A CBCT study shows hard tissues and the shadow of soft tissues as long as they are surrounded by hard tissue. The pulpal tissue of the teeth is not visible, but the outline of the pulp chamber is visible. The mandibular nerve is not visible, but the cortical bone surrounding it does appear on the CBCT, making it possible to deduce where the mandibular nerve is expected to be. The proposed visualization technique allows very strong contrast to create a negative, much like the just-discussed image of the mandibular nerve. The concept is rather simple; VPS impression material can be radiopaque, but not all materials are radiopaque to the same extent, and some are not radiopaque at all (Figure 2). The patient wears a VPS impression during the CBCT exposure (Figure 3 and Figure 4). This can be the actual impression, or a dedicated impression made from a diagnostic cast (Figure 5). This simple technique shows a very distinct space, which is visible between the VPS material and the bone (Figure 6 and Figure 7). For the purpose of the 3D Click Guide fabrication, this space would otherwise be measured with the bone-sounding technique, as discussed in Part 1 of this series. Because the surface of the VPS impression visible in the CBCT image is exactly similar to the surface of the cast, the two can be exactly superimposed. Within the CBCT software, simple measurements can be made. Those measurements are made at the same locations as those used when bone sounding. Those measurements are then transferred to the cast. Additional information—eg, location of the mandibular canal—can be extrapolated and drawn as needed (Figure 8 and Figure 9).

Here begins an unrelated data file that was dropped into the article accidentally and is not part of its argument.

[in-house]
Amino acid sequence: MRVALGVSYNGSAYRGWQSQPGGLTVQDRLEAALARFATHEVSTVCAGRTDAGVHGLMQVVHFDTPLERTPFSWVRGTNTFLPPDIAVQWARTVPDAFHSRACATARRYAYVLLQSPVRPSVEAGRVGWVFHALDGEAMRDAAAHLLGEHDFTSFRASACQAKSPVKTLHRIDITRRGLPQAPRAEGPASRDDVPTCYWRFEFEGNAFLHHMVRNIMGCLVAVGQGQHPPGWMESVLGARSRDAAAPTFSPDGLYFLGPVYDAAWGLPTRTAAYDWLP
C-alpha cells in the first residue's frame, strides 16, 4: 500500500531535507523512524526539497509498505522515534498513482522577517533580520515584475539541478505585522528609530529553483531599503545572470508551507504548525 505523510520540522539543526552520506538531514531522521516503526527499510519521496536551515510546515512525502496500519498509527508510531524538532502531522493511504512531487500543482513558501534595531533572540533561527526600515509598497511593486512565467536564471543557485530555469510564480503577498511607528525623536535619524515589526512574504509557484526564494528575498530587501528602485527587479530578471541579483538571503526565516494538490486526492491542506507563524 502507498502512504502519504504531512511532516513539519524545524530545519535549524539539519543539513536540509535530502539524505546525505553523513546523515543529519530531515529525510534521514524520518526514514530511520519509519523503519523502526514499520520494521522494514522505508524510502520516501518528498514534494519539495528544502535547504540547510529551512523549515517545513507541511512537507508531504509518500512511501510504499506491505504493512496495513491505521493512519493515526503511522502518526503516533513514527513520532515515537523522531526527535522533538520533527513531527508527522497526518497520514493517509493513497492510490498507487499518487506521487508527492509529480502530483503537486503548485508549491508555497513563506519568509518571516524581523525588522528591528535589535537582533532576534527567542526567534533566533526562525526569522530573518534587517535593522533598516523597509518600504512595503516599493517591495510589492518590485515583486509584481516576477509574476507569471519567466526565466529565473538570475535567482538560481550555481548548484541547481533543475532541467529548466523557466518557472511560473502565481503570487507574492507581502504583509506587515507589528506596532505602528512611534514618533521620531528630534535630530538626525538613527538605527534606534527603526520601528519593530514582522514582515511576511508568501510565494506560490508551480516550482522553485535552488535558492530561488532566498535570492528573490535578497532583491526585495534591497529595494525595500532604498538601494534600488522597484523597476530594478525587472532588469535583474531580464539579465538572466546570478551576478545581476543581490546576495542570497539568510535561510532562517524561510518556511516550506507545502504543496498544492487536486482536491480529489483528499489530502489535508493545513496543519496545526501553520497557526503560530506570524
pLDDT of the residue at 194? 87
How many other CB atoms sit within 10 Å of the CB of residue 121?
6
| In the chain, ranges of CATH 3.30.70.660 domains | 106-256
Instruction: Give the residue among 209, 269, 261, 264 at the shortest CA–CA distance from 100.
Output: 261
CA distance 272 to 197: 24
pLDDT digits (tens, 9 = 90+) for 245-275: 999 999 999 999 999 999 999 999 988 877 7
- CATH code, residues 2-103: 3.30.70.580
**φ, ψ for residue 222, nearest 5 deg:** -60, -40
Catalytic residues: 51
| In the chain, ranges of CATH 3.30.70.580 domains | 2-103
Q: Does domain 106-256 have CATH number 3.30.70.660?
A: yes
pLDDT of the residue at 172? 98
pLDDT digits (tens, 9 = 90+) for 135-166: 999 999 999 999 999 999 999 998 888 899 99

Clinical Case

An 80-year-old woman, who presented with a missing lower molar, requested an implant-supported replacement. Advanced periodontal bone loss at site No. 19 resulted in considerable resorption of the alveolar ridge after healing. Although simple bone sounding is the preferred data-gathering technique for the author, in this case, there was insufficient information available to safely perform an osteotomy. The decision was made to gather additional information with a CBCT study.

An intentionally overextended VPS impression was made by placing a stiff VPS putty material (ExaMix™, GC America, www.gcamerica.com) in a stock impression tray. The soft putty was covered with a plastic wrap (Saran Wrap, SC Johnson, www.saranbrands.com), and the impression was seated. Finger pressure was used to push the stiff putty against the soft tissue, thus.compressing the soft tissue tightly against the bone. Upon setting, the impression was removed, and a small volume of freshly mixed putty was added to the area surrounding the edentulous site; it was covered with the plastic wrap, and the impression was reseated. Again, finger pressure was used to now overextend the impression even more. Once set, the impression was removed, the plastic wrap discarded, and the putty impression was loaded with injection-type VPS impression material (ExaMix). The tray was then reseated. A CBCT volume was taken while the injection VPS impression material was setting (Figure 10) to ensure that the impression was perfectly seated while also saving time. The impression was cast in a dedicated VPS casting material (Blu-Mousse®/Mach-2®/Mach-SLO™, Parkell, Inc., www.parkell.com). Since the casting material is similar to the impression material, a separating medium was first applied (Release Anti-Adhesive and Dry Lubricant, Cetylite Industries, www.cetylite.com). Al­ternatively, one could cast the impression with dental stone. A base former with a built-in indexing system was used (Accu-trac® tray-system, Coltène, Inc., www.coltene.com) to allow reassembly of the cut cast. A dual-layer vacuformed carrier was created by simultaneously heating and forming a 1-mm soft-guard material and 0.75-mm bondable material together (Essix® A+ and model duplication material, DENTSPLY Raintree Essix, www.essix.com). Alternative carriers can be thermoplastics (Tak Hydroplastic, www.taksystems.com) or even a stiff VPS bite-registration material.